Posted 24/06/2021 by: Professor David Lloyd

Imagine my utter geeky delight when I discovered recently that one widely accepted definition of a ‘generation’ is thirty years. Think about it. Australia’s University of Enterprise. Thirty years old.

Wouldn’t that mean we are now gearing up for UniSA:The Next Generation™?

I doubt we’d get that trademark past Paramount though. And of course that sent me down the rabbit-hole of whether TNG would demand a more Picard-esque style of leadership, would baldness be involved, would a noble self-sacrifice be required to save the entire population of an imperilled star system (the Veridian system, fact-checkers) from the evil machinations of an over-acting British villain while heavy-handedly signalling the baton passing from one leader to the next without drawing the ire of legions of fans? Would the Enterprise crash-land and re-emerge as a much cooler incarnation the next time around? Does anyone still say cool? So many questions. I digress. 

If that entire introduction baffles you, apologies. A search engine might help. Maybe you know a middle-aged geek of your own that you can ask. Regardless, thinking of this current time as a manifestation of generational change has been an interesting exercise. Putting aside thoughts of Logan’s Run (uh-oh, he’s at it again - warning: another ancient movie reference) – and remembering that UniSA has never run from any challenge – generational shifts are indeed times of reflection and of change.

Our generational shift is occurring against a backdrop of external change – at both national and global levels. Talk of ‘new normal’ means that old normal has been significantly disrupted.  I’ve talked in these blogs previously about looming icebergs and about sharks that come back to bite you. No such metaphors here. Alright. There’s a Star Trek one – but that’s ever been so – looking to the future, exploring new horizons, crossing them, being bold, being optimistic and caring on the way through.

UniSA is all of those things and more. Our commitment these past challenging 18 months has been to sustain levels of employment. Our staff collectively put their shoulder to the wheel to pivot and pivot again. I know we have all felt the impact of loss of control at every level – the cruel impost of pandemic is writ large in every family separated from loved ones abroad, every border closure that shreds long-made plans, every restriction on liberty no matter how well intended to protect us all. We rail against change where it is foisted upon us – and clamour for a semblance of control wherever possible. Despite the ever-present pressures of inevitable entropy – as people, we crave certainty.

In a few weeks’ time UniSA’s 2020 annual report will be tabled in the South Australian Parliament. Spoiler Alert – we performed exceptionally well. Our balanced and measured efforts to control costs while sustaining employment and conditions yielded dividend – our institution weathered year one of COVID19 better than most. You don’t need reminding of the fact that this is a multi-movie saga – 2021, 2022 and 2023 are all yet to play out.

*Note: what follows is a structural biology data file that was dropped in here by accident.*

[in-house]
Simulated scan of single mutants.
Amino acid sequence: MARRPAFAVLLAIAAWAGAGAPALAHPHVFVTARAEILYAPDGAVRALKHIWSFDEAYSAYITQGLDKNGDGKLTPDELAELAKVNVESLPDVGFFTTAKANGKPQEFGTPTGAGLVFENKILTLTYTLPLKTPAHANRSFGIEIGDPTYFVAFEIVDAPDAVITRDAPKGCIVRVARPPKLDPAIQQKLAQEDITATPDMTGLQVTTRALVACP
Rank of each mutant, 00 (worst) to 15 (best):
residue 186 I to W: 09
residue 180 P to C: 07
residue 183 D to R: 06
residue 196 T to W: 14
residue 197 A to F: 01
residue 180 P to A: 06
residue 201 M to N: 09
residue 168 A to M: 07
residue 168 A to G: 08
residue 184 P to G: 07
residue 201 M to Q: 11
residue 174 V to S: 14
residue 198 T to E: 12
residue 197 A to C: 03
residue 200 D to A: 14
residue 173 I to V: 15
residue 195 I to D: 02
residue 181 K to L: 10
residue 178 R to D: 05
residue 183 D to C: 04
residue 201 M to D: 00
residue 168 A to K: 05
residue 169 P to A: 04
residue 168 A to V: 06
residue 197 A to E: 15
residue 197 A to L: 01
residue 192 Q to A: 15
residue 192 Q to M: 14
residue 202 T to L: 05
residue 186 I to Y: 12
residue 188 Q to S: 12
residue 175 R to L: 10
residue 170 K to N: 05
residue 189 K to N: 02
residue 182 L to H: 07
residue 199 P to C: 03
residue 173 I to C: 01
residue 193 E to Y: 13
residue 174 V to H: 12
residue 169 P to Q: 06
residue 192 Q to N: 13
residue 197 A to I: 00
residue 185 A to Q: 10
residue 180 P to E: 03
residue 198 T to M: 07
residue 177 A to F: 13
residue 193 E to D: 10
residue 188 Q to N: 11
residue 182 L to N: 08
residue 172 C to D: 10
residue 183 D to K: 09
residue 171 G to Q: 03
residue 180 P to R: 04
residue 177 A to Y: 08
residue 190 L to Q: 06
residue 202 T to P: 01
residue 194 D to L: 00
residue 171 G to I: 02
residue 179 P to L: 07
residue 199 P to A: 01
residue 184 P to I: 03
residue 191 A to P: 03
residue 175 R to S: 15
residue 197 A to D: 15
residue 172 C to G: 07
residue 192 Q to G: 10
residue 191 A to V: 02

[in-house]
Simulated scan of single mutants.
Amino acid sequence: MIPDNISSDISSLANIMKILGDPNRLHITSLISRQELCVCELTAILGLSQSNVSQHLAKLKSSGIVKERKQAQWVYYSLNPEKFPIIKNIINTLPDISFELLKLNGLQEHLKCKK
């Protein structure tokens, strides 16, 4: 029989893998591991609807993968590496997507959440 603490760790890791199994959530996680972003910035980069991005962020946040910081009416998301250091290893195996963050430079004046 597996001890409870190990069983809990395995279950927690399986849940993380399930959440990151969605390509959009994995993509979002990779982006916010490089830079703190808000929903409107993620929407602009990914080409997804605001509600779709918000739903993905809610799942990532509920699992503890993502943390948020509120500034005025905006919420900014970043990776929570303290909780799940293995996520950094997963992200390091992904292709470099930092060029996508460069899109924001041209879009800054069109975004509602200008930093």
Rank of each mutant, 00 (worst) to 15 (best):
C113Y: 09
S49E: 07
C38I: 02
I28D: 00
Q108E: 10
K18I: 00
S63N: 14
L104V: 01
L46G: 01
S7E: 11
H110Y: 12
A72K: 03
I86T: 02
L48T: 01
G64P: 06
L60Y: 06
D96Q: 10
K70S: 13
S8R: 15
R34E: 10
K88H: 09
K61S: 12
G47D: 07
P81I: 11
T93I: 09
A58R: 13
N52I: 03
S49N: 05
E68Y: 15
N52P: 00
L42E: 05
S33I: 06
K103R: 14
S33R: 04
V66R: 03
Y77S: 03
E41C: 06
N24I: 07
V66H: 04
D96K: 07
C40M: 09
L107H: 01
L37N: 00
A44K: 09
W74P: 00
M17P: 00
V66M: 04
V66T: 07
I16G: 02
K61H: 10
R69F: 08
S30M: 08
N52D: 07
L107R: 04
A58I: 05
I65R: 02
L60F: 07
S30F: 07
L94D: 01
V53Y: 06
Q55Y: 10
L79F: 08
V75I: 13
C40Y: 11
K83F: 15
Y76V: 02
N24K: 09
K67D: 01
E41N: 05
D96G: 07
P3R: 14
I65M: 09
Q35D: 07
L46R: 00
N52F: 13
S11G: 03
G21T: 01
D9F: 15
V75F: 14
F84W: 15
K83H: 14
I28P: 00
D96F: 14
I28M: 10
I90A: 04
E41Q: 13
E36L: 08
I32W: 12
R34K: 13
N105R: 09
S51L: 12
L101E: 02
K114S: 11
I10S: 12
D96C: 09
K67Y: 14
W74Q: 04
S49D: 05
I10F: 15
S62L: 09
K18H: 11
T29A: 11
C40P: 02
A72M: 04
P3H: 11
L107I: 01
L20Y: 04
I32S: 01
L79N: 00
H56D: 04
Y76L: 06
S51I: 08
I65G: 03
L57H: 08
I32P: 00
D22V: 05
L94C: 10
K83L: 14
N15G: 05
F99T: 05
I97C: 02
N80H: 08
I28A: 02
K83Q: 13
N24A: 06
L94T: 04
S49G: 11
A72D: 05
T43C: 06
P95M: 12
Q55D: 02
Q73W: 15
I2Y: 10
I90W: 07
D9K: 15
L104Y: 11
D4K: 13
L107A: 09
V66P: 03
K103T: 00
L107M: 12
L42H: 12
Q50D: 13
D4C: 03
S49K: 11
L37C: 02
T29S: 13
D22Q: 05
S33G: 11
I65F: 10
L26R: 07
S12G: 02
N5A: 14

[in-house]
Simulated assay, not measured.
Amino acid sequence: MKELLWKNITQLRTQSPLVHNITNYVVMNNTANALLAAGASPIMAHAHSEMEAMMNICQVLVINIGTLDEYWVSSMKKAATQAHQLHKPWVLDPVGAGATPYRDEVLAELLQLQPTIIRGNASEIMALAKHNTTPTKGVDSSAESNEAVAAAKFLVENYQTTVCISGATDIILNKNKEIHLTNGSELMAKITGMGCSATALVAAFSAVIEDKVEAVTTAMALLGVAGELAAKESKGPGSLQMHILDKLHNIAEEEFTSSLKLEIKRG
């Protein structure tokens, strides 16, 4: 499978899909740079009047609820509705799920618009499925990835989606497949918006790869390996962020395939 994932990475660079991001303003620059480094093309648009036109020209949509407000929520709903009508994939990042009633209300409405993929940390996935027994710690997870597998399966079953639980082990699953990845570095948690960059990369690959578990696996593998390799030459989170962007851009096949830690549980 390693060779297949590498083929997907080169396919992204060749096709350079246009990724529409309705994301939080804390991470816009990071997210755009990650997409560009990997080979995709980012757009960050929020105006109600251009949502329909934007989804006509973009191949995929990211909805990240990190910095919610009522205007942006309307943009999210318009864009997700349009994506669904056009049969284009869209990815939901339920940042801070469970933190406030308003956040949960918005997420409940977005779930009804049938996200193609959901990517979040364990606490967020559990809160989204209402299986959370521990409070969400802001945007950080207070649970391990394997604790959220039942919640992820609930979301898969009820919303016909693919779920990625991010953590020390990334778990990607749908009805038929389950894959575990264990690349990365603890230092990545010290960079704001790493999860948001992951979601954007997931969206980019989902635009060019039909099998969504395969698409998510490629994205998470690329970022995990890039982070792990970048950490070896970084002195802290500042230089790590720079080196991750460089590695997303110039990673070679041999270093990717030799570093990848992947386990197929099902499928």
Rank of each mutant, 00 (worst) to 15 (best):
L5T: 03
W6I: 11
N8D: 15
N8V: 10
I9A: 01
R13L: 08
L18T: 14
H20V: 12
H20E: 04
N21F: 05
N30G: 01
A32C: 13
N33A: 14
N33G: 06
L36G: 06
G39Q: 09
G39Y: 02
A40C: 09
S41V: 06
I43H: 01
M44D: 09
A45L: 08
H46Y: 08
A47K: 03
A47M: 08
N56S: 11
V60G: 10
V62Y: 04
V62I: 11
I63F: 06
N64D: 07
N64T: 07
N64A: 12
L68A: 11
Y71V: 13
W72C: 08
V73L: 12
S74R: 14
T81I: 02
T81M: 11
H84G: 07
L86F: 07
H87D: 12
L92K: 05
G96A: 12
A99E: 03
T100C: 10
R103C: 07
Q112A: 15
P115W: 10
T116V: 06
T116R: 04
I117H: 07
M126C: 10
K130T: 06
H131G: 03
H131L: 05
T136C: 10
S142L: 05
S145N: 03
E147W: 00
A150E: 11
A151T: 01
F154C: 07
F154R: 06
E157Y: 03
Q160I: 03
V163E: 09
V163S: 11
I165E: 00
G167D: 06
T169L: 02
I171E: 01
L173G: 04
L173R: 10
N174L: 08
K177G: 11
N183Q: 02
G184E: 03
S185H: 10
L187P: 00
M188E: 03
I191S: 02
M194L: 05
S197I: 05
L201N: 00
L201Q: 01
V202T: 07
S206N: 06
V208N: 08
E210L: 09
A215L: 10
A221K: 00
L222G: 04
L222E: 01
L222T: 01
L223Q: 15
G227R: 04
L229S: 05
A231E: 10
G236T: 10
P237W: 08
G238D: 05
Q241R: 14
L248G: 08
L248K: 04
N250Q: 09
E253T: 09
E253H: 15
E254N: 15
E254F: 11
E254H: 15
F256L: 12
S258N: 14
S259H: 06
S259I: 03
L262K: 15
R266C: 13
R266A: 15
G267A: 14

There are undoubtedly leaner years ahead in the short term, in its simplest terms, recovery in our sector will be significantly lagged as our continuing load bottoms out without timely or sufficient replenishment from commencing students. However, our commitment will remain unchanged – even in these lean times we will do all we can to maintain employment levels and conditions. Working pragmatically to sustain our greatest asset – our staffing base. To enable our staff to focus on the delivery and support of our teaching and research programs, to ensure they are the very best they can be so that our partners and our students get what they so rightly deserve from their investment in higher education – advancement, careers, competitive advantage, employment – core foundations for their future certainty.

There is always blue sky above the clouds (well during the daytime, at least). Ours is a solid university of scale, and with impact beyond its years. A university of choice for students and partners. A university that has been unafraid to try new things and a university that has excelled in their delivery.

We have never stood still. I don’t think any university in Australia today can afford to stand still – that’s one of my certainties.

Have we lost something of ourselves in the last 18 months? I fear we may have, but understandably so. Life lived through an uncertain lens can tend to over-compensate through constraint, and through constraining, can inadvertently curtail innovation. Recognising this externally influenced tendency, pausing to reflect, on why we do what we do, on how we have gone about doing things up to now and thinking on why things work on this particular ship, will ease us back onto a sustainable, enabled, self-determined course.

History has shown that through the last 30 years, the original series, our first generation, UniSA has ever been innovating, going boldly. This next generation of us will, I firmly believe, see that continue, will make it so – you see, it's in our DNA – and hence, Unstoppable. 

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Professor David Lloyd

Through The Big Picture, I hope that our whole community gains a greater and current appreciation of what is going on, how it fits together and how our activities connect and reinforce each other at a whole of enterprise level.

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